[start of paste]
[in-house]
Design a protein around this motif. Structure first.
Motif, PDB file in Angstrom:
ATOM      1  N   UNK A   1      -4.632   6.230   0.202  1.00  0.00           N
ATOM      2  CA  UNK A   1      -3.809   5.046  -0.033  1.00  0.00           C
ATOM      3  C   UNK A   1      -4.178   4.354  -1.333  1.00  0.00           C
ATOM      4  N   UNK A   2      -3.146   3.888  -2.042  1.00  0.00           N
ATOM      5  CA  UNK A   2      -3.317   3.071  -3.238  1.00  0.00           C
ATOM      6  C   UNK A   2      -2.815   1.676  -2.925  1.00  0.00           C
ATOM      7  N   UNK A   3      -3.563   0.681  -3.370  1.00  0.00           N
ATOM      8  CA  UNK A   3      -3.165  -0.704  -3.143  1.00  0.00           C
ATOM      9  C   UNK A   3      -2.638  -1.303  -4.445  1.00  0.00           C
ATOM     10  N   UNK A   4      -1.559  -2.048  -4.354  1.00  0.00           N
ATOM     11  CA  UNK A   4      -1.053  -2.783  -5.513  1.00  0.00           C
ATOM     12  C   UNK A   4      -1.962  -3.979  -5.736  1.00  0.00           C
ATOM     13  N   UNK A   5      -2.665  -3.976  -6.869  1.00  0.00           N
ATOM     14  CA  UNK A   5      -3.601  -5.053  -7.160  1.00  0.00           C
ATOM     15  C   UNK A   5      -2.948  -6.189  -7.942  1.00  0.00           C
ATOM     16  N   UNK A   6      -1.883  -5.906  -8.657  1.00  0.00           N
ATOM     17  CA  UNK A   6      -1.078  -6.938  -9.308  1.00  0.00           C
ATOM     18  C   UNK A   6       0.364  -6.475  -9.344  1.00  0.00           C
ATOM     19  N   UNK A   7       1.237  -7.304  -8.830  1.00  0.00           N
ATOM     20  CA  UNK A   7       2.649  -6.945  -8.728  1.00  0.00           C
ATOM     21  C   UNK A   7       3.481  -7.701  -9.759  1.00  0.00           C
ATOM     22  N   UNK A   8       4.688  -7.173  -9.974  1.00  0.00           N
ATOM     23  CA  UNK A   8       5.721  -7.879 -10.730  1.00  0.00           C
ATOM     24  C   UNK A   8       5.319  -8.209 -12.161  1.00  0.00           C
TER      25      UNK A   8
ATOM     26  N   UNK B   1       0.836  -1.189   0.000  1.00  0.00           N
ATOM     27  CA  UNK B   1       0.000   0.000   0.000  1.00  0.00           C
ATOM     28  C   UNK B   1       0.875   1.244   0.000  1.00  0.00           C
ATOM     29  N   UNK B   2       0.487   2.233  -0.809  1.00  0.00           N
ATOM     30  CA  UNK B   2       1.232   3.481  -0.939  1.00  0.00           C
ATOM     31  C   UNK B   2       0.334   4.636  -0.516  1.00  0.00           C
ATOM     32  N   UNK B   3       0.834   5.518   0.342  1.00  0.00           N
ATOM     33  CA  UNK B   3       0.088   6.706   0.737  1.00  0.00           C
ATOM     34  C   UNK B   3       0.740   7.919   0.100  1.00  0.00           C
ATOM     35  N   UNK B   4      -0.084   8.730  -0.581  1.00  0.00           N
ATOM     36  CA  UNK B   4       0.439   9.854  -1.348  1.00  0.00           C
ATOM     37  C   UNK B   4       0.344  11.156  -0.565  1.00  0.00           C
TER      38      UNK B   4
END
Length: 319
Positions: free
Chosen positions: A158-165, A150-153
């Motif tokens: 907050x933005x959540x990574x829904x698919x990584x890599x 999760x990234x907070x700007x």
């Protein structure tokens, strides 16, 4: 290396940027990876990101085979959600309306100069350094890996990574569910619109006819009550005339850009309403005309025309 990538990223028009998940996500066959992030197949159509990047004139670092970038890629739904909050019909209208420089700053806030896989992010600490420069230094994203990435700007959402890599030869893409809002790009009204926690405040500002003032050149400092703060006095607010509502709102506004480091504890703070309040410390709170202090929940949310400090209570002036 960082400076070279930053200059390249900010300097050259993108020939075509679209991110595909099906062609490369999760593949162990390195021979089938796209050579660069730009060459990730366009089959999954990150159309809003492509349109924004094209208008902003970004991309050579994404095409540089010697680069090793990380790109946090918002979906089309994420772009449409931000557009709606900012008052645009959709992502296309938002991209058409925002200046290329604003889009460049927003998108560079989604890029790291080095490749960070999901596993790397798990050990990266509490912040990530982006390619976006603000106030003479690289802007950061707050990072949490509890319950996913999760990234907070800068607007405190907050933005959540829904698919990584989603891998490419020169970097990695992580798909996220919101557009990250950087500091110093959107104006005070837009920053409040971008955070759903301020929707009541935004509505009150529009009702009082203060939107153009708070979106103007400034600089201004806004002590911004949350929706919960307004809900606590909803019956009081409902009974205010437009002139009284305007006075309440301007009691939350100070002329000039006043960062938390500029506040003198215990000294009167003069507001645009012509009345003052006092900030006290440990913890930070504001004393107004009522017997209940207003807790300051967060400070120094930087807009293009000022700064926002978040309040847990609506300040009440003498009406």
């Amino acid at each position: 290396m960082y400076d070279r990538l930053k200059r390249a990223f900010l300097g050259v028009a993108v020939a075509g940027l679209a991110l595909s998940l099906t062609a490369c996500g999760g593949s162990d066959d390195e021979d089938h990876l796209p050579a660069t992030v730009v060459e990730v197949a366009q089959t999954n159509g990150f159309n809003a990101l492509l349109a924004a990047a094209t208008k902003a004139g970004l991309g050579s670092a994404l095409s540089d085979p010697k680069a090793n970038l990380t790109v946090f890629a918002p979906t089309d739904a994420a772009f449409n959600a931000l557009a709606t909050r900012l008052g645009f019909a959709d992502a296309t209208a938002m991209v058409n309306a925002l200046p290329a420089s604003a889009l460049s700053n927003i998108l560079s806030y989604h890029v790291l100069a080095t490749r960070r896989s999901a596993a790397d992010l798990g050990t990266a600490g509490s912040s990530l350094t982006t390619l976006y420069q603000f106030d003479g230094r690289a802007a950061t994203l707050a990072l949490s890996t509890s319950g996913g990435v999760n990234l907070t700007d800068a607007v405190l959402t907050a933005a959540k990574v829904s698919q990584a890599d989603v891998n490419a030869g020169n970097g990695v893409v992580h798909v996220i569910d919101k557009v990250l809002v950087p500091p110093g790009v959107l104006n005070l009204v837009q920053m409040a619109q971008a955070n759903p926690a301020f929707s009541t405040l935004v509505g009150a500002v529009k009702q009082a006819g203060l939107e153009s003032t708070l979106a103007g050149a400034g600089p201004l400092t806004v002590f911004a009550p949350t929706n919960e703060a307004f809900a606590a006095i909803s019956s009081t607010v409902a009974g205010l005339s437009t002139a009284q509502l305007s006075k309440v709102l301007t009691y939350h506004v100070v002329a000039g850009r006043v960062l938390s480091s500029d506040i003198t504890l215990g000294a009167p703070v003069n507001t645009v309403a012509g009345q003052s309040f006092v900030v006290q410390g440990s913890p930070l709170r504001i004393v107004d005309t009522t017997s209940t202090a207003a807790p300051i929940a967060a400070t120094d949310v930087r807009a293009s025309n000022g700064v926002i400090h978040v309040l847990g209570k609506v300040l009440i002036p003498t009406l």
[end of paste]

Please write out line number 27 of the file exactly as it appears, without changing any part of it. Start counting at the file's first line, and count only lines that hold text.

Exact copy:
ATOM     24  C   UNK A   8       5.319  -8.209 -12.161  1.00  0.00           C